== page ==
This story is based on an interview I conducted with Kamahl in March 2009, hitherto untold. It’s been a long time coming. I hope it puts his life, his perspective and the events of recent weeks into greater context.
Kandiah Kamalesvaran was seven years old when the Imperial Japanese Army completed their conquest of Malaysia in February 1942, after the surrender of Allied forces in Singapore.
By the time he was eight, he’d seen heads on pikes, and other things no child should ever see. Everywhere, there was a Japanese soldier astride a black horse, a sword on his hip.
To get out of harm’s way, his parents pulled their growing family out of the heaving Kuala Lumpur metropolis to the countryside. They owned a cow, and one day young Kamal took it out for a walk and a feed.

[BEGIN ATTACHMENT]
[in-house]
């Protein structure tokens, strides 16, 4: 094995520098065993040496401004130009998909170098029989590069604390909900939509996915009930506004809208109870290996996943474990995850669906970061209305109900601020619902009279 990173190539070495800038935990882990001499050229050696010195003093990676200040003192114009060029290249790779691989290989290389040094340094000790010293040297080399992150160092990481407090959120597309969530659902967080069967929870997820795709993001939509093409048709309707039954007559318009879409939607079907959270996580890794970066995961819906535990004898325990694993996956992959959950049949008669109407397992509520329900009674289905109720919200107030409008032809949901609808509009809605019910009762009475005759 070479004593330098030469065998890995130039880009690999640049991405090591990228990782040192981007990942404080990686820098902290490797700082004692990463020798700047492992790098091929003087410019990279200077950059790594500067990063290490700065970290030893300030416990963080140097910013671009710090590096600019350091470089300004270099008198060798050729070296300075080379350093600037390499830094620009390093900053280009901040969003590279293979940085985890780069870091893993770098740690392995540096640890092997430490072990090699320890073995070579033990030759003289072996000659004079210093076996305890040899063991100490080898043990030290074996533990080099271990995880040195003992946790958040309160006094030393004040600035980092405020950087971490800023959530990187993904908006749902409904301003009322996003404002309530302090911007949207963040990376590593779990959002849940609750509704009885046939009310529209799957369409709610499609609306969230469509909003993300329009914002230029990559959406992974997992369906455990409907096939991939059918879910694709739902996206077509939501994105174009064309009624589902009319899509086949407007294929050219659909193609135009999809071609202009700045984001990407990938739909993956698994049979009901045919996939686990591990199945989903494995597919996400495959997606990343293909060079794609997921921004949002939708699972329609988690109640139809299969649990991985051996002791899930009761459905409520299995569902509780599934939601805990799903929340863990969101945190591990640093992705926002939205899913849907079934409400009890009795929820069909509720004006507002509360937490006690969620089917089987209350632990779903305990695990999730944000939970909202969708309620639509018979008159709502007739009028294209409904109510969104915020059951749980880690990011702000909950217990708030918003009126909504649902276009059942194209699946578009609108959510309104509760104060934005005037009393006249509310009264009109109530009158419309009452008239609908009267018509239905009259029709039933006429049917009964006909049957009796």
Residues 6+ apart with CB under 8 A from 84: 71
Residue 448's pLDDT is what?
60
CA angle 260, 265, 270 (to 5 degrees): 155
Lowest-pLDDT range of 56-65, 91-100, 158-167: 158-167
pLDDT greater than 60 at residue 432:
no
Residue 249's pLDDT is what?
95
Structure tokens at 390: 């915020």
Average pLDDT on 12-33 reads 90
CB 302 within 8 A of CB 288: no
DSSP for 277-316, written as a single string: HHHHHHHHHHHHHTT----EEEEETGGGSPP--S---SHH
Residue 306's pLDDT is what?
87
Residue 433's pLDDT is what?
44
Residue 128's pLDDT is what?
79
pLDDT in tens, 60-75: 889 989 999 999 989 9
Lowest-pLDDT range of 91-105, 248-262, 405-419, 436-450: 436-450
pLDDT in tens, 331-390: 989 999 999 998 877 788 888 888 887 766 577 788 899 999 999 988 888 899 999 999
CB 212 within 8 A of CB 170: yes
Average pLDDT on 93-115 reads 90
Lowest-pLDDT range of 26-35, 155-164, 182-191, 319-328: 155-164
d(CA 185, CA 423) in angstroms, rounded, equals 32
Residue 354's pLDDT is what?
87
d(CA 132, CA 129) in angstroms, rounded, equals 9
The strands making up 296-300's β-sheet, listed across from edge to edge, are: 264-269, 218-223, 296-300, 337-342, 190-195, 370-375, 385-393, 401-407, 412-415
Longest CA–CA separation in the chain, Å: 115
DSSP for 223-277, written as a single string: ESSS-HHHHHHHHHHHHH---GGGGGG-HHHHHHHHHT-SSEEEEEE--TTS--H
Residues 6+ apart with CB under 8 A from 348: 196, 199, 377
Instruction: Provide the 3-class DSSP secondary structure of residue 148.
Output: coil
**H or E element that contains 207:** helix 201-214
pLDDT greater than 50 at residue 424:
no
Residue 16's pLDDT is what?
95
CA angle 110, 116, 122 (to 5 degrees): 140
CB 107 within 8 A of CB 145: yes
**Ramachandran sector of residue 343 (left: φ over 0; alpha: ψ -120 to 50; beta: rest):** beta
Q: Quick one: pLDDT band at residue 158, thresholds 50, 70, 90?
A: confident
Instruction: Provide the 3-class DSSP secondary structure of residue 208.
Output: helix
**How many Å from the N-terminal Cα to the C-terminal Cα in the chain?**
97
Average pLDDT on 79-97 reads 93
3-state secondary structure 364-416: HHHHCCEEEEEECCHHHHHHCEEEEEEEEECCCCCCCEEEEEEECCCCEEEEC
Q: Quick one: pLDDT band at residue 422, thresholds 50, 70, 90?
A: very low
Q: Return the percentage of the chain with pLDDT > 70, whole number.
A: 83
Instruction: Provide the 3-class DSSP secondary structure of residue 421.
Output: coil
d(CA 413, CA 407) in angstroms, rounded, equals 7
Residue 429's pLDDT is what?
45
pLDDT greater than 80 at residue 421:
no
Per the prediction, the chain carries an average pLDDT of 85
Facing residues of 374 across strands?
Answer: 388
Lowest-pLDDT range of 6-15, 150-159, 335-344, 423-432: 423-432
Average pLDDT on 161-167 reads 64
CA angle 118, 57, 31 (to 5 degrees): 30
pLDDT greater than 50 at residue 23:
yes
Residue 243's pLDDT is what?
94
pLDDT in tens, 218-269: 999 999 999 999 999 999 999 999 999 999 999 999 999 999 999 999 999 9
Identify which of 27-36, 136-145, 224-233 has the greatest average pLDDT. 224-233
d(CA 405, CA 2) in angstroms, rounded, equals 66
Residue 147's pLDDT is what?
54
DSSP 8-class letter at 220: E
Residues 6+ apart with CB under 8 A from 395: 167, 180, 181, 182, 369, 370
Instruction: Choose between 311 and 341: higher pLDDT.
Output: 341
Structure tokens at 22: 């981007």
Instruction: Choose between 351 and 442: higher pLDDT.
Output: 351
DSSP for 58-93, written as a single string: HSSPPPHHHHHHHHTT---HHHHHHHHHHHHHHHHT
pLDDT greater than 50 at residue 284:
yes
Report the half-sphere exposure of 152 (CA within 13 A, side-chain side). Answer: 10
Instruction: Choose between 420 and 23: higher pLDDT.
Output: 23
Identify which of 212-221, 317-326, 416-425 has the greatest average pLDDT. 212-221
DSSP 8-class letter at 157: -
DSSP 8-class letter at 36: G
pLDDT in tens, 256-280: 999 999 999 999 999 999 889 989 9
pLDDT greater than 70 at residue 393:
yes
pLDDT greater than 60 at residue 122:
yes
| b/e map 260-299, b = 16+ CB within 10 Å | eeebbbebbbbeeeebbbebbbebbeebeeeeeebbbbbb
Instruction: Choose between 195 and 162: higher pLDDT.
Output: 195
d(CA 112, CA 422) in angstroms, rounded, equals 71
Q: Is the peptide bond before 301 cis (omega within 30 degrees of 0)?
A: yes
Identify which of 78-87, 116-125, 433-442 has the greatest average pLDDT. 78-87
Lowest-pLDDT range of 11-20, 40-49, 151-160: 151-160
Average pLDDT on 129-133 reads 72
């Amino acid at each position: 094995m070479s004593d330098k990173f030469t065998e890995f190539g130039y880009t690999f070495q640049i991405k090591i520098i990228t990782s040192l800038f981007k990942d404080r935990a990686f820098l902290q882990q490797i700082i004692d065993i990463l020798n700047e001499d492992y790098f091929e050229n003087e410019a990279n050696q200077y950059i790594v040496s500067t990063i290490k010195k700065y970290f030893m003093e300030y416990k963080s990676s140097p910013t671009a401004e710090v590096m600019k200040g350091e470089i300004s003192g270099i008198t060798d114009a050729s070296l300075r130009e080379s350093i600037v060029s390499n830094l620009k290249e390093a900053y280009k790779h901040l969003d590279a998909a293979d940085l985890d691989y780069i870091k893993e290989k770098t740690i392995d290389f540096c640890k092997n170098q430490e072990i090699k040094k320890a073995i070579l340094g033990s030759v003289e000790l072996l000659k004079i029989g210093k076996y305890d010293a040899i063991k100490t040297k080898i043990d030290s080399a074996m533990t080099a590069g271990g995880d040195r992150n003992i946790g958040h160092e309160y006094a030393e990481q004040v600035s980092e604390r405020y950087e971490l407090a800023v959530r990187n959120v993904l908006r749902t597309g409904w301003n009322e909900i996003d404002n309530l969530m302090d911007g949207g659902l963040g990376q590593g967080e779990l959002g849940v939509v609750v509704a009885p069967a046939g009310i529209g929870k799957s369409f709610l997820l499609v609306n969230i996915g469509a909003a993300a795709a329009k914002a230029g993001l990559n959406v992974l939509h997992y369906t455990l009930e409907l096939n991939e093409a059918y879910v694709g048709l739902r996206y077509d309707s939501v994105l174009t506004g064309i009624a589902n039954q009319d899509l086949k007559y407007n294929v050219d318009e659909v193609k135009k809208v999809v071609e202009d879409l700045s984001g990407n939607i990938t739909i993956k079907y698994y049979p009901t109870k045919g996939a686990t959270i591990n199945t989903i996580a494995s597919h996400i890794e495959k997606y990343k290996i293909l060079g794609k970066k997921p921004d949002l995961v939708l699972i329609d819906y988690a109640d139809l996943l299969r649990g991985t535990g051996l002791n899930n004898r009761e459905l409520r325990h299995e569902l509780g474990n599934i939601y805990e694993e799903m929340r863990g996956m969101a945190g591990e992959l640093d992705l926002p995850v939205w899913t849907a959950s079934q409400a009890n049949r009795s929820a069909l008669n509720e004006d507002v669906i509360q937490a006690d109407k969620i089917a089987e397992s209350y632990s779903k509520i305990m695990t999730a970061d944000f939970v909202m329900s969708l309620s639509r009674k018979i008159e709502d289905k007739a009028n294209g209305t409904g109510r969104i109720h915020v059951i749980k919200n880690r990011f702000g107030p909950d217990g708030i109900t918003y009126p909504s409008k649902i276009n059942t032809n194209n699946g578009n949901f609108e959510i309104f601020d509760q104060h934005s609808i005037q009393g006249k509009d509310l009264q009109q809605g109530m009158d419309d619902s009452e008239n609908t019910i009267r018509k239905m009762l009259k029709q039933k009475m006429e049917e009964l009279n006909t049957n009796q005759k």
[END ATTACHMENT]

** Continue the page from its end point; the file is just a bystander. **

On the way home, he encountered a Japanese soldier on horseback. The soldier beckoned him, and put his hand to his hip. Kamal closed his eyes, anticipating that his head was about to be removed from his body.
After a few seconds, realising it was still attached, he opened them again, and saw a flash of silver. But it wasn’t a sword that the soldier was brandishing in front of his nose.… Read more..